But let's hear it from the experts. Joaquín Simó, owner of Pouring Ribbons in New York City, told Thrillist, "subtle notes of citrus peels, cacao nibs, and cracked peppercorns are ... teased out — especially in the aromas" of certain vodkas. Another bartender and owner agreed that vodka smells like black pepper plus lemon.

The spirit is only made from potatoes

Ask your friends what vodka is made from and some of them will immediately answer "potatoes!" However, most vodka really isn't potato-based. Vodka is made from a very wide assortment of ingredients and some are even a little surprising. 

Some vodkas are made from grains such as wheat, rye, and barley. Though it's worth noting, they're generally considered to be less flavorful than their potato-derived counterparts. Some vodkas, meanwhile, are made from milk or corn, while others are made from grapes or sugar cane. Across all vodkas, though, the overall consensus is that the main ingredient is water. In fact, the word vodka is derived from the Slavic term "voda," which means "little water" (via Taste of Home). It just makes sense! 

If you're interested in taste-testing various vodkas for yourself, you might consider purchasing some bottles made from different grains or other ingredients so you can get to know the different flavor profiles that are derived from the various fermented ingredients.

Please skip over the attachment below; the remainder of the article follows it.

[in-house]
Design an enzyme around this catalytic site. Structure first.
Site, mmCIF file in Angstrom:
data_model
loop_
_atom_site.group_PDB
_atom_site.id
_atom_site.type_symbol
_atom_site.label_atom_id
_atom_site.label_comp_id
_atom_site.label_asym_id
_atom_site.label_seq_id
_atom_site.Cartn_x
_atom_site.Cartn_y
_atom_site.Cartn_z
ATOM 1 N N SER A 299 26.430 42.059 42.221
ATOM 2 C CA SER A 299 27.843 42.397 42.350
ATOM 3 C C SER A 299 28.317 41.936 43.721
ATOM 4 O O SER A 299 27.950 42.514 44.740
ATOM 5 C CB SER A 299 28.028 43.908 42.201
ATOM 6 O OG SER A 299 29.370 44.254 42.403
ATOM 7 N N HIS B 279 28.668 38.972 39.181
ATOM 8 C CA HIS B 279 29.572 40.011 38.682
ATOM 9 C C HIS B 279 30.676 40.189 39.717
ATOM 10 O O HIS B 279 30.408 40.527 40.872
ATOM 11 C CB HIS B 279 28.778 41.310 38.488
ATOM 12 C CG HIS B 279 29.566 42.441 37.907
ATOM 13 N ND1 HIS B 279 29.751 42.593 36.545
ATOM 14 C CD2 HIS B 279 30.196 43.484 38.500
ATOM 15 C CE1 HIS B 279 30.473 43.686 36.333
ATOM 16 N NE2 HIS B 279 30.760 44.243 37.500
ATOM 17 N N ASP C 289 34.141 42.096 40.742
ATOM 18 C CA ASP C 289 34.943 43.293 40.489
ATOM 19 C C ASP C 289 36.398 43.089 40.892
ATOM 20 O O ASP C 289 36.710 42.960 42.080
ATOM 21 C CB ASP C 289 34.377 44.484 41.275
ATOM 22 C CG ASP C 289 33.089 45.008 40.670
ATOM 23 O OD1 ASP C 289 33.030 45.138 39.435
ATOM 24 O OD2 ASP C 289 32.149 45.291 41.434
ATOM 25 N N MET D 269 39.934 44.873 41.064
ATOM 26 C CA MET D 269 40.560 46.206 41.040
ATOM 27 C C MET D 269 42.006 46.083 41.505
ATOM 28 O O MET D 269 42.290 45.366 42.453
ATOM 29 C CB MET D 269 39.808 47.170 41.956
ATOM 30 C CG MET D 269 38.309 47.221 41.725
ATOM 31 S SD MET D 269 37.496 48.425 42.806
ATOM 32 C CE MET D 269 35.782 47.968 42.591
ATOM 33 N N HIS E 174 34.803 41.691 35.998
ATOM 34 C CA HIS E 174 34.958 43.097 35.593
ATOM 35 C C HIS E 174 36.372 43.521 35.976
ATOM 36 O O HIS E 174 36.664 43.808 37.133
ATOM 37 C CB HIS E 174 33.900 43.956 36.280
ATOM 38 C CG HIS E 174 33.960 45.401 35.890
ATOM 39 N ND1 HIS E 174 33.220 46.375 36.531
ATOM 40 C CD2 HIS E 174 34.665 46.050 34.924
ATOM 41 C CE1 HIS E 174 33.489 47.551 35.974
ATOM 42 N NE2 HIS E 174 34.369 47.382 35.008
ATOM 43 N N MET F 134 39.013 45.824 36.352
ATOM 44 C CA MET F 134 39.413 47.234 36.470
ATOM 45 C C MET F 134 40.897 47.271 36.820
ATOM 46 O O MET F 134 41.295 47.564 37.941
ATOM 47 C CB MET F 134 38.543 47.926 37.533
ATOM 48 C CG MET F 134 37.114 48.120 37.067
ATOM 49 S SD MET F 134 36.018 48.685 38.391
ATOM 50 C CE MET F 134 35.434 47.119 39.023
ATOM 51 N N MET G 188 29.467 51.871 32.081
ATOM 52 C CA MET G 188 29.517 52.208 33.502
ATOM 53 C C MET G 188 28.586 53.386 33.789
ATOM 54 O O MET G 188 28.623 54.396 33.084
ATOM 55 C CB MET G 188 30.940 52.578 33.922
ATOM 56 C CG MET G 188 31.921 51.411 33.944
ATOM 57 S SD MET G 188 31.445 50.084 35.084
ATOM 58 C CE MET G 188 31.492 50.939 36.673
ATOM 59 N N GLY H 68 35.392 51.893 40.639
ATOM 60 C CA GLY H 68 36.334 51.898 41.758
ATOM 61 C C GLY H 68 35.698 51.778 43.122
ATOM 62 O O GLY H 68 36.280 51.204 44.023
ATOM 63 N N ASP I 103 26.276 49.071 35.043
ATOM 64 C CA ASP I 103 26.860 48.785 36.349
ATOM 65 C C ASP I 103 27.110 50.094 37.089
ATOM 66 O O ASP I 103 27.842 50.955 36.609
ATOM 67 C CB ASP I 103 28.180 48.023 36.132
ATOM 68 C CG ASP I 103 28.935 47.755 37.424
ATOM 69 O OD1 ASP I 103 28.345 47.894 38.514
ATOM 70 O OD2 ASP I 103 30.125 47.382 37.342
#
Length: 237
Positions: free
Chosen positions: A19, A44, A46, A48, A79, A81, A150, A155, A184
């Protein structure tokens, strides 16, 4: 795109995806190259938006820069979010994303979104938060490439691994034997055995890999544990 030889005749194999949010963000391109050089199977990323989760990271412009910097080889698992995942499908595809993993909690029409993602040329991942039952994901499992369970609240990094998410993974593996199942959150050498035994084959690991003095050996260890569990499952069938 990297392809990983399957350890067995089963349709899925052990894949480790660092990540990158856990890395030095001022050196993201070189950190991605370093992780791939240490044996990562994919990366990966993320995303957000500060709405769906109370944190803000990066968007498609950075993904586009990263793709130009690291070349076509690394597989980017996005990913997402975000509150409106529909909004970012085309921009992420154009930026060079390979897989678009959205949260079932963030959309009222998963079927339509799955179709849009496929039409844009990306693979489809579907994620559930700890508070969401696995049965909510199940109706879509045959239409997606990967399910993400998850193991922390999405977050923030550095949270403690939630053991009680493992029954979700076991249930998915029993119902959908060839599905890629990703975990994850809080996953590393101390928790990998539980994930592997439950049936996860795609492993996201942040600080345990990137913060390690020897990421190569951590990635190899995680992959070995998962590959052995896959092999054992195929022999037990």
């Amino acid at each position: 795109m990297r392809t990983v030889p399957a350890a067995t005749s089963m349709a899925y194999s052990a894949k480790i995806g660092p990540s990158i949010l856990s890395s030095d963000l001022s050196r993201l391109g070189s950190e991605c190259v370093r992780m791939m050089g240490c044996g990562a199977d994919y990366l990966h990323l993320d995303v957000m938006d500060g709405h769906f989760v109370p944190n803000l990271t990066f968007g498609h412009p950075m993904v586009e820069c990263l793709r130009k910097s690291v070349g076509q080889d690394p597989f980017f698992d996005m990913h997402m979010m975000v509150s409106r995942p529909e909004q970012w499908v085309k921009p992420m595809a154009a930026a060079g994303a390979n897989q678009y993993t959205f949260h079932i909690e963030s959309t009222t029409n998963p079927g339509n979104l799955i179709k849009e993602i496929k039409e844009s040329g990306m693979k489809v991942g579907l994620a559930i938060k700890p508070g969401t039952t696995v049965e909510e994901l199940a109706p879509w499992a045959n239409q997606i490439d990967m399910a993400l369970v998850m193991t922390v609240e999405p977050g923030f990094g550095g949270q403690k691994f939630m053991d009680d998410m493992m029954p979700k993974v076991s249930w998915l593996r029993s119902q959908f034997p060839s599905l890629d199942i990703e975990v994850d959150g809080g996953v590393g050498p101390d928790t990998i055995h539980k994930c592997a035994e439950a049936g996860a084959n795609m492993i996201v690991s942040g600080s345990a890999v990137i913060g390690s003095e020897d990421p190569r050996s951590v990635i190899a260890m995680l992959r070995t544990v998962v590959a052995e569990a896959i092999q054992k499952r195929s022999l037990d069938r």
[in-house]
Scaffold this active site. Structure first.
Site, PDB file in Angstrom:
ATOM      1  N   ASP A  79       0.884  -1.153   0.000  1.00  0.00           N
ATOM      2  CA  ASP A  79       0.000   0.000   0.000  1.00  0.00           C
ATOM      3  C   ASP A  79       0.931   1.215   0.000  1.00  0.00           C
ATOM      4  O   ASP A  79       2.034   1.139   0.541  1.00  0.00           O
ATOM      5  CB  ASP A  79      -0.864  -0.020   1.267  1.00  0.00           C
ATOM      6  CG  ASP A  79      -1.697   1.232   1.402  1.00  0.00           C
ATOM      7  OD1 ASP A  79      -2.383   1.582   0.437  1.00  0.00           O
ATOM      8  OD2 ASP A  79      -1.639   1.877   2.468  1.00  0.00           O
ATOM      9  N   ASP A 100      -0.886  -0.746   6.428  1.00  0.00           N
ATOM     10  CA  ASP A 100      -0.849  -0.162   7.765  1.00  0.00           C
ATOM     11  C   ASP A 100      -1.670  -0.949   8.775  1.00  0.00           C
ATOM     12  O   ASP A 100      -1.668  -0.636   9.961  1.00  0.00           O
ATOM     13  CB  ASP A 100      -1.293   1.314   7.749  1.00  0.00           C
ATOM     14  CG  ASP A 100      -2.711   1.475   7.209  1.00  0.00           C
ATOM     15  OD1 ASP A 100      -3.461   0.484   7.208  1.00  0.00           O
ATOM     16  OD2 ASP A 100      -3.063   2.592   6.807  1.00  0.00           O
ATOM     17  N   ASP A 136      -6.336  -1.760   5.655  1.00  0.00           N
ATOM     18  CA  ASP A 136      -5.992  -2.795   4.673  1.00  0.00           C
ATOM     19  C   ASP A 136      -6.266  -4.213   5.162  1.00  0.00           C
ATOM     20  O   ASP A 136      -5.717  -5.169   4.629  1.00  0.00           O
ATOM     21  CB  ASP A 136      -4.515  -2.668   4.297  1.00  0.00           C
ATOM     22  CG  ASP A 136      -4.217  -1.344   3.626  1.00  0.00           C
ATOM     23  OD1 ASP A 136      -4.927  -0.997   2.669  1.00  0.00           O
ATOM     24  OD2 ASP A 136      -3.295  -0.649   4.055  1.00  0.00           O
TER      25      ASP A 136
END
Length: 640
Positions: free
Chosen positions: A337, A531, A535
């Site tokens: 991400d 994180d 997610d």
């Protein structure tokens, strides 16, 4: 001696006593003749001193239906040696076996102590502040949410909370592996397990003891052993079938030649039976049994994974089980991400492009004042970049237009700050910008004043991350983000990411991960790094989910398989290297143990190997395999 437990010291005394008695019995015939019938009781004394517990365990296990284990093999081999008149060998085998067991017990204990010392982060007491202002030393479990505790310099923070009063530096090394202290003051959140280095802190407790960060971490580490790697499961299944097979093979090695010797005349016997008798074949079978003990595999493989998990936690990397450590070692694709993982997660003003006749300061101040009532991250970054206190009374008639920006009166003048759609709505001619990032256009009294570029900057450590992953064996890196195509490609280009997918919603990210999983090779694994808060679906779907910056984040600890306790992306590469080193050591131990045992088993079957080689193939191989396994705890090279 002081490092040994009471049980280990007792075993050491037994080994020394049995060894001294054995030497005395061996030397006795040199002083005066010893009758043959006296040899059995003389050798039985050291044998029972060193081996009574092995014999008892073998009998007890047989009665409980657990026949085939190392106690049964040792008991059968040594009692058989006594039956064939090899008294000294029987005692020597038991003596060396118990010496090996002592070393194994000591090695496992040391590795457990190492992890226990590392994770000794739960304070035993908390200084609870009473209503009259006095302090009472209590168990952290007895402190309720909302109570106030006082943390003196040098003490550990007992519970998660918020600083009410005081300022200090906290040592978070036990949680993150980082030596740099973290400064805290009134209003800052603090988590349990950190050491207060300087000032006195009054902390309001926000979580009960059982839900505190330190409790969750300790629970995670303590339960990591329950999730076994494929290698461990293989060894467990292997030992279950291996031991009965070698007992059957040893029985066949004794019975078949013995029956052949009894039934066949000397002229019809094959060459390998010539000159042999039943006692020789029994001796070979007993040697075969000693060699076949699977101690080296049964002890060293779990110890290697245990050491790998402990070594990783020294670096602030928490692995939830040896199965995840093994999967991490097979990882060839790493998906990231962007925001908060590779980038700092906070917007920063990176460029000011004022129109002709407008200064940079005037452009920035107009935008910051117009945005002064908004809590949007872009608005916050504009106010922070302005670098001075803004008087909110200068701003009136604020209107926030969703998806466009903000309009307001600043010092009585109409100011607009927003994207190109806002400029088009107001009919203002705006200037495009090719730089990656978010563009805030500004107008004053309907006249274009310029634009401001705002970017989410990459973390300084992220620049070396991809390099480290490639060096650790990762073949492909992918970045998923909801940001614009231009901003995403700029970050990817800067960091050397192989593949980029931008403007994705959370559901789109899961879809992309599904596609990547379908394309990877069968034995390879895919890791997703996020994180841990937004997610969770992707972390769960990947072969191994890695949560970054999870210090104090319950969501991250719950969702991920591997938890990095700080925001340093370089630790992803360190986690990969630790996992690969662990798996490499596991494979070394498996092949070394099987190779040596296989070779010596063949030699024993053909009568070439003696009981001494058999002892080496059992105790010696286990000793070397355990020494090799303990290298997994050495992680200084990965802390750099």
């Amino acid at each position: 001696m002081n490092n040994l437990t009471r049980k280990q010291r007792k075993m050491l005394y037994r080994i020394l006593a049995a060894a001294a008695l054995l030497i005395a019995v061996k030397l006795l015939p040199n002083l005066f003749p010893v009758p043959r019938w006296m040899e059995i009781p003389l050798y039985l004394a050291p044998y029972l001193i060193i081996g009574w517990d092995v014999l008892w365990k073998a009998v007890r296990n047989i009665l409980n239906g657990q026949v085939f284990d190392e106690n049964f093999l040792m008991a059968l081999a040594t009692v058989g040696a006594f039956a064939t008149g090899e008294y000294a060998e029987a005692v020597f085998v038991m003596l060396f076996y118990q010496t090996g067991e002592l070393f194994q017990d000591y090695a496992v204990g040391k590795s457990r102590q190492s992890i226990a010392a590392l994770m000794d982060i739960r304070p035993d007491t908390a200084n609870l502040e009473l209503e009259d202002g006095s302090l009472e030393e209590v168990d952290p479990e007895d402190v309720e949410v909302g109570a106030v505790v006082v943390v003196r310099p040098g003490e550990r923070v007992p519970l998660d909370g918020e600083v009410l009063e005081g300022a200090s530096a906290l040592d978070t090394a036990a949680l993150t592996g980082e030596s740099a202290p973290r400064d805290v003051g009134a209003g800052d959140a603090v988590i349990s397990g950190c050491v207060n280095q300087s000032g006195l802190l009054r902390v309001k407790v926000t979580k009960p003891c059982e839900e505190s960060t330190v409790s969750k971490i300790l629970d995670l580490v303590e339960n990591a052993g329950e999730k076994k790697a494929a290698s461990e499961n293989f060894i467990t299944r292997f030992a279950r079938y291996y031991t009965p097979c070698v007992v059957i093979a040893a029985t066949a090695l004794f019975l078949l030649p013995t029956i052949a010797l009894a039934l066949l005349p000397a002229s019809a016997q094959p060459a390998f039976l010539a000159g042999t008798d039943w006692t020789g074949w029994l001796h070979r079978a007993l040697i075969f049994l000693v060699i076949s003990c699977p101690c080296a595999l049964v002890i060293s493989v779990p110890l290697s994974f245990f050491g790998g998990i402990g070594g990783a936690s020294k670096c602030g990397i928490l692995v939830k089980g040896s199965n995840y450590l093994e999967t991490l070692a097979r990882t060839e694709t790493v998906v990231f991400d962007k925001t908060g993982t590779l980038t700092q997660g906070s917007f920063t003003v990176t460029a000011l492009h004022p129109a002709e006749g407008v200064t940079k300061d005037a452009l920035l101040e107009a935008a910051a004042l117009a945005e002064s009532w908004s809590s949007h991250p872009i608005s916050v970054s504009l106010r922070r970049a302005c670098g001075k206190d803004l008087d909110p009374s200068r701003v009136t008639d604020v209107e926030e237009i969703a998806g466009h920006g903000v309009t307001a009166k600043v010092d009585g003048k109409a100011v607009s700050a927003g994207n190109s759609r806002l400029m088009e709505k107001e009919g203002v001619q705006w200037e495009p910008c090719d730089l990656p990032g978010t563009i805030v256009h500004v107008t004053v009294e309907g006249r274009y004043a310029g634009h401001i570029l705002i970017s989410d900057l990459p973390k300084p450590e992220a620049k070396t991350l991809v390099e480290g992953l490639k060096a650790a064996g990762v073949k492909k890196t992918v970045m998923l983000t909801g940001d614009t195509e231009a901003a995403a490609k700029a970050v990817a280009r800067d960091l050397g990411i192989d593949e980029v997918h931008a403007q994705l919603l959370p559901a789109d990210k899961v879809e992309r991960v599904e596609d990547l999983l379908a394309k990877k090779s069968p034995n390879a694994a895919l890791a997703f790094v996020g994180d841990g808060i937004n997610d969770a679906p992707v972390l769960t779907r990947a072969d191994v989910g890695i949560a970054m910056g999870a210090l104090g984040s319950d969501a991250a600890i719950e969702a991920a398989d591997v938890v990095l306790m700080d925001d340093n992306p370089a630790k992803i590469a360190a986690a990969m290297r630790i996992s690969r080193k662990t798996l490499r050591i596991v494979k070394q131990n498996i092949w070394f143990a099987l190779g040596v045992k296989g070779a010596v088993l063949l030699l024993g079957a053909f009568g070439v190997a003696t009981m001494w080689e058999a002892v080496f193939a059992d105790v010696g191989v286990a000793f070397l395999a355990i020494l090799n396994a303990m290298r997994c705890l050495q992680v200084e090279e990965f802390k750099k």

The best vodka is distilled many times

The vodka-making process requires fermentation, distillation, dilution, and filtration — with distillation, in particular, getting a lot of focus. You might notice many brands boasting that their vodka has been distilled numerous times (via Taste of Home). The idea is that the number of times a vodka is distilled is directly related to its quality and purity; the more distilling that goes on, the better the vodka.

However, a vodka that's been distilled multiple times isn't always going to be higher quality. Turns out, this is more of a clever little marketing trick some brands use to make their vodka seem better than it is, says Vine Pair. And it's worth noting that some brands considered to be very high quality, such as Grey Goose, only distill their vodka once.

On top of this, as Vine Pair also points out, some distillers may fudge the truth about the number of times they distill their vodka. And they're able to get away with it because of the technical complexity of the distilling process. So even though the vodka may have only been technically fully distilled one or two times, a brand might say it's been distilled hundreds of times, which just isn't the case. But how many consumers are going to know that?

Good vodka is expensive

If vodka does indeed differ from brand to brand and bottle to bottle, with different vodkas boasting distinct flavors and aromas, then how do you actually pick a good vodka? You'd probably go to the liquor store and pick a bottle off the highest shelf, right? After all, if it costs a lot, it's probably better.